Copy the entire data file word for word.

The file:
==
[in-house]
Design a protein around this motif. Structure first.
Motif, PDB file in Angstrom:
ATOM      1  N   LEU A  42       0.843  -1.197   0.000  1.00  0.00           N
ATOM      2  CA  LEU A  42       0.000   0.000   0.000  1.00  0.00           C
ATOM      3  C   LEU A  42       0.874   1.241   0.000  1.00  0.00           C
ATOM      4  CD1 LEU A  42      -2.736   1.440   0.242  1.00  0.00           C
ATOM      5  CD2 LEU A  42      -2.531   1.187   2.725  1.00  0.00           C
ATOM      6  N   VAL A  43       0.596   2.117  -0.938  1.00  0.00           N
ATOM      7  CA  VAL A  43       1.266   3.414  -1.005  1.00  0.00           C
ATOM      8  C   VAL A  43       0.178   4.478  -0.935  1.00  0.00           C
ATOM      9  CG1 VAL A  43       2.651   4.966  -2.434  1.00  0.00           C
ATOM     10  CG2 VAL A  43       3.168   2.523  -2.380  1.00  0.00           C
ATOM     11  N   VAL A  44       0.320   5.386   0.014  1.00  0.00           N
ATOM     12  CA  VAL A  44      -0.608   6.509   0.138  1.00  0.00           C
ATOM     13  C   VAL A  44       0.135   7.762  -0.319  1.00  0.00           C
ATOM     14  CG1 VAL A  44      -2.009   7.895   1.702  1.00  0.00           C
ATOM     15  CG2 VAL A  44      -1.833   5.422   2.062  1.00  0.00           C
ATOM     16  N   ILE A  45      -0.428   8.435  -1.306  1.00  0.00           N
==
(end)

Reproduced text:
[in-house]
Design a protein around this motif. Structure first.
Motif, PDB file in Angstrom:
ATOM      1  N   LEU A  42       0.843  -1.197   0.000  1.00  0.00           N
ATOM      2  CA  LEU A  42       0.000   0.000   0.000  1.00  0.00           C
ATOM      3  C   LEU A  42       0.874   1.241   0.000  1.00  0.00           C
ATOM      4  CD1 LEU A  42      -2.736   1.440   0.242  1.00  0.00           C
ATOM      5  CD2 LEU A  42      -2.531   1.187   2.725  1.00  0.00           C
ATOM      6  N   VAL A  43       0.596   2.117  -0.938  1.00  0.00           N
ATOM      7  CA  VAL A  43       1.266   3.414  -1.005  1.00  0.00           C
ATOM      8  C   VAL A  43       0.178   4.478  -0.935  1.00  0.00           C
ATOM      9  CG1 VAL A  43       2.651   4.966  -2.434  1.00  0.00           C
ATOM     10  CG2 VAL A  43       3.168   2.523  -2.380  1.00  0.00           C
ATOM     11  N   VAL A  44       0.320   5.386   0.014  1.00  0.00           N
ATOM     12  CA  VAL A  44      -0.608   6.509   0.138  1.00  0.00           C
ATOM     13  C   VAL A  44       0.135   7.762  -0.319  1.00  0.00           C
ATOM     14  CG1 VAL A  44      -2.009   7.895   1.702  1.00  0.00           C
ATOM     15  CG2 VAL A  44      -1.833   5.422   2.062  1.00  0.00           C
ATOM     16  N   ILE A  45      -0.428   8.435  -1.306  1.00  0.00           N